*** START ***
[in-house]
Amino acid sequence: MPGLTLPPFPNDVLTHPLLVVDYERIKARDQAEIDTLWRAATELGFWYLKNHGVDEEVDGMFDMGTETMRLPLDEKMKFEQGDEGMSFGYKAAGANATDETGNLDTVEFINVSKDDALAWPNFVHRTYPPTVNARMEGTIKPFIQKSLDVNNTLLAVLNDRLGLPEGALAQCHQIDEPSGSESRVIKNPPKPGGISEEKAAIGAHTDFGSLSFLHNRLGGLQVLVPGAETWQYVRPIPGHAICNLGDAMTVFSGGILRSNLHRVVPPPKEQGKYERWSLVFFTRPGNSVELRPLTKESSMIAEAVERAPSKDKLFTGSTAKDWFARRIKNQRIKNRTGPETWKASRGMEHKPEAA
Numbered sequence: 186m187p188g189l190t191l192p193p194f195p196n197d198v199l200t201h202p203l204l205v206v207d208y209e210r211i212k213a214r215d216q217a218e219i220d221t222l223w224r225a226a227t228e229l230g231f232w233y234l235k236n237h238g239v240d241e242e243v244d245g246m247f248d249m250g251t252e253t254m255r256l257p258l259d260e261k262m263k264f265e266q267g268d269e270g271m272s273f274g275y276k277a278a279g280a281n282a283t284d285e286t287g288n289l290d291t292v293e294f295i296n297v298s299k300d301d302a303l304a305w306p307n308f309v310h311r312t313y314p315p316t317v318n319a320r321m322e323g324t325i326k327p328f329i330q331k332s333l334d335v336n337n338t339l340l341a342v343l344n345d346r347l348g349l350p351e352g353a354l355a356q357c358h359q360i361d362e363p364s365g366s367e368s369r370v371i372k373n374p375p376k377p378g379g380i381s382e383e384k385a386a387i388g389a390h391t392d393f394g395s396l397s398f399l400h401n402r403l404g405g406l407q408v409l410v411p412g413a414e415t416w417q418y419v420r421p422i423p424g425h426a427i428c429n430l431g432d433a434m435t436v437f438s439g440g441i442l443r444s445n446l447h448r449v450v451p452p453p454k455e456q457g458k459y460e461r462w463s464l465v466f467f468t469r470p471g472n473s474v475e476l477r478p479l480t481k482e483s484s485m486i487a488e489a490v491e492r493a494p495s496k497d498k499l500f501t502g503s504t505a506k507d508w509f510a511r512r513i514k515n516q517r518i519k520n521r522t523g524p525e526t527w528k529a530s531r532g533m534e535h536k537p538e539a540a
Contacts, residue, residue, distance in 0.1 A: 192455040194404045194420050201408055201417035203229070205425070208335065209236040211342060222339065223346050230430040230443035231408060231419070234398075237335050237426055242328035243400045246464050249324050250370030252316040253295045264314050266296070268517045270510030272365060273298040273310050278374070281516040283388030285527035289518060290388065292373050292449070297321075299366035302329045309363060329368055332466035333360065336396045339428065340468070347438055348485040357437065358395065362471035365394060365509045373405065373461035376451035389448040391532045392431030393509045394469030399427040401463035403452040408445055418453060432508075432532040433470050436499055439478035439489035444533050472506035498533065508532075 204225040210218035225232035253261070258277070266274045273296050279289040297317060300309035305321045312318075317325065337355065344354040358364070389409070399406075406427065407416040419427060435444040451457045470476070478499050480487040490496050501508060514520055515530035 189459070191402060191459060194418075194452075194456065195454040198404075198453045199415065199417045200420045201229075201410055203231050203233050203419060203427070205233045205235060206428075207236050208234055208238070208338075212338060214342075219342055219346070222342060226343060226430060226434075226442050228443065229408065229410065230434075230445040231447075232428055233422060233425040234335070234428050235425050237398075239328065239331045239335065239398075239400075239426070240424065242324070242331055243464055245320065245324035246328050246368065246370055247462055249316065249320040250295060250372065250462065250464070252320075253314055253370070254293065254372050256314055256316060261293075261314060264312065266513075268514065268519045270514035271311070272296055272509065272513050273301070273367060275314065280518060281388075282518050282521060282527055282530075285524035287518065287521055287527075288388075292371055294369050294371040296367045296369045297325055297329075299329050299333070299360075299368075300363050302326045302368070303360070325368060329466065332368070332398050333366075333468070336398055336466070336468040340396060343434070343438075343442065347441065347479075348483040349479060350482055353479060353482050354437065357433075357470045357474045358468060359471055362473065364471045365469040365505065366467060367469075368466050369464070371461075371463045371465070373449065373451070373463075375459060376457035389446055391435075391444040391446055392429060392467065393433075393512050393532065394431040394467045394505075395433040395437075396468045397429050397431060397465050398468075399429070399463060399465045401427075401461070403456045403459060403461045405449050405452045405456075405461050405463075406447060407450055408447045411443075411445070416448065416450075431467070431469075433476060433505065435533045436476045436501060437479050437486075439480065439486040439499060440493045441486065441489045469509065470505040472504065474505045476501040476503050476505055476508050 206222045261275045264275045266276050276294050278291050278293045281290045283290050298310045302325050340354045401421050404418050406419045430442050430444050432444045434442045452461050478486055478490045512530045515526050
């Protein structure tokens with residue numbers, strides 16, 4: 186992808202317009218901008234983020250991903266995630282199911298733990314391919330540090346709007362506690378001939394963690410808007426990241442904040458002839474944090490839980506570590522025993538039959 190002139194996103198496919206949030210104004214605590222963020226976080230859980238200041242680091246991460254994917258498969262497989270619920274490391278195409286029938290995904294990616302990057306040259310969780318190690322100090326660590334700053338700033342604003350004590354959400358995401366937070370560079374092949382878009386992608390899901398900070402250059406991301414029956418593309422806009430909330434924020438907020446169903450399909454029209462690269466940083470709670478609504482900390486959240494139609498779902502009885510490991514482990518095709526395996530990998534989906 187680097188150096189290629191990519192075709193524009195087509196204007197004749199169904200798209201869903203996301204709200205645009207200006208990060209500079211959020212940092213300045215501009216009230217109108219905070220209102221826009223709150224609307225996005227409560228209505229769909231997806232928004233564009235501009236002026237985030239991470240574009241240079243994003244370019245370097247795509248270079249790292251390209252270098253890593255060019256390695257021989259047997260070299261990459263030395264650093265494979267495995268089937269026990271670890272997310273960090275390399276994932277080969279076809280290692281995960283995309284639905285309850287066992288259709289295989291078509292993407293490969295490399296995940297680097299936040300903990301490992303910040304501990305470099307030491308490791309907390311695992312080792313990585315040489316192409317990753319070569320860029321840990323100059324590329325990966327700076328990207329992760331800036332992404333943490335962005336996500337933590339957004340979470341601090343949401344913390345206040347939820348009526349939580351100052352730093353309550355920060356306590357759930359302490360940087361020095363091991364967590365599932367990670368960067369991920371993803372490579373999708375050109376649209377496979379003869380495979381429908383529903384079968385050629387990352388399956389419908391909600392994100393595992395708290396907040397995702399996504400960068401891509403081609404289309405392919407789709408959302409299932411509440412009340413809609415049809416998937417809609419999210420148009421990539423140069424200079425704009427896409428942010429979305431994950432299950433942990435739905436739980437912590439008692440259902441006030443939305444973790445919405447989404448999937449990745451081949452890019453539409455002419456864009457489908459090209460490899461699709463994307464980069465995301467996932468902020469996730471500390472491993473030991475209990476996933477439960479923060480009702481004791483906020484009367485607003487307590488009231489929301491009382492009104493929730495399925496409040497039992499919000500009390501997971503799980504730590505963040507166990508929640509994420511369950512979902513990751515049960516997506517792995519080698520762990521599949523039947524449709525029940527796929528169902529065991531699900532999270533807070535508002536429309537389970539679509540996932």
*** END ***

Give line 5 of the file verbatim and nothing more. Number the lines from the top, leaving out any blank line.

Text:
């Protein structure tokens with residue numbers, strides 16, 4: 186992808202317009218901008234983020250991903266995630282199911298733990314391919330540090346709007362506690378001939394963690410808007426990241442904040458002839474944090490839980506570590522025993538039959 190002139194996103198496919206949030210104004214605590222963020226976080230859980238200041242680091246991460254994917258498969262497989270619920274490391278195409286029938290995904294990616302990057306040259310969780318190690322100090326660590334700053338700033342604003350004590354959400358995401366937070370560079374092949382878009386992608390899901398900070402250059406991301414029956418593309422806009430909330434924020438907020446169903450399909454029209462690269466940083470709670478609504482900390486959240494139609498779902502009885510490991514482990518095709526395996530990998534989906 187680097188150096189290629191990519192075709193524009195087509196204007197004749199169904200798209201869903203996301204709200205645009207200006208990060209500079211959020212940092213300045215501009216009230217109108219905070220209102221826009223709150224609307225996005227409560228209505229769909231997806232928004233564009235501009236002026237985030239991470240574009241240079243994003244370019245370097247795509248270079249790292251390209252270098253890593255060019256390695257021989259047997260070299261990459263030395264650093265494979267495995268089937269026990271670890272997310273960090275390399276994932277080969279076809280290692281995960283995309284639905285309850287066992288259709289295989291078509292993407293490969295490399296995940297680097299936040300903990301490992303910040304501990305470099307030491308490791309907390311695992312080792313990585315040489316192409317990753319070569320860029321840990323100059324590329325990966327700076328990207329992760331800036332992404333943490335962005336996500337933590339957004340979470341601090343949401344913390345206040347939820348009526349939580351100052352730093353309550355920060356306590357759930359302490360940087361020095363091991364967590365599932367990670368960067369991920371993803372490579373999708375050109376649209377496979379003869380495979381429908383529903384079968385050629387990352388399956389419908391909600392994100393595992395708290396907040397995702399996504400960068401891509403081609404289309405392919407789709408959302409299932411509440412009340413809609415049809416998937417809609419999210420148009421990539423140069424200079425704009427896409428942010429979305431994950432299950433942990435739905436739980437912590439008692440259902441006030443939305444973790445919405447989404448999937449990745451081949452890019453539409455002419456864009457489908459090209460490899461699709463994307464980069465995301467996932468902020469996730471500390472491993473030991475209990476996933477439960479923060480009702481004791483906020484009367485607003487307590488009231489929301491009382492009104493929730495399925496409040497039992499919000500009390501997971503799980504730590505963040507166990508929640509994420511369950512979902513990751515049960516997506517792995519080698520762990521599949523039947524449709525029940527796929528169902529065991531699900532999270533807070535508002536429309537389970539679509540996932």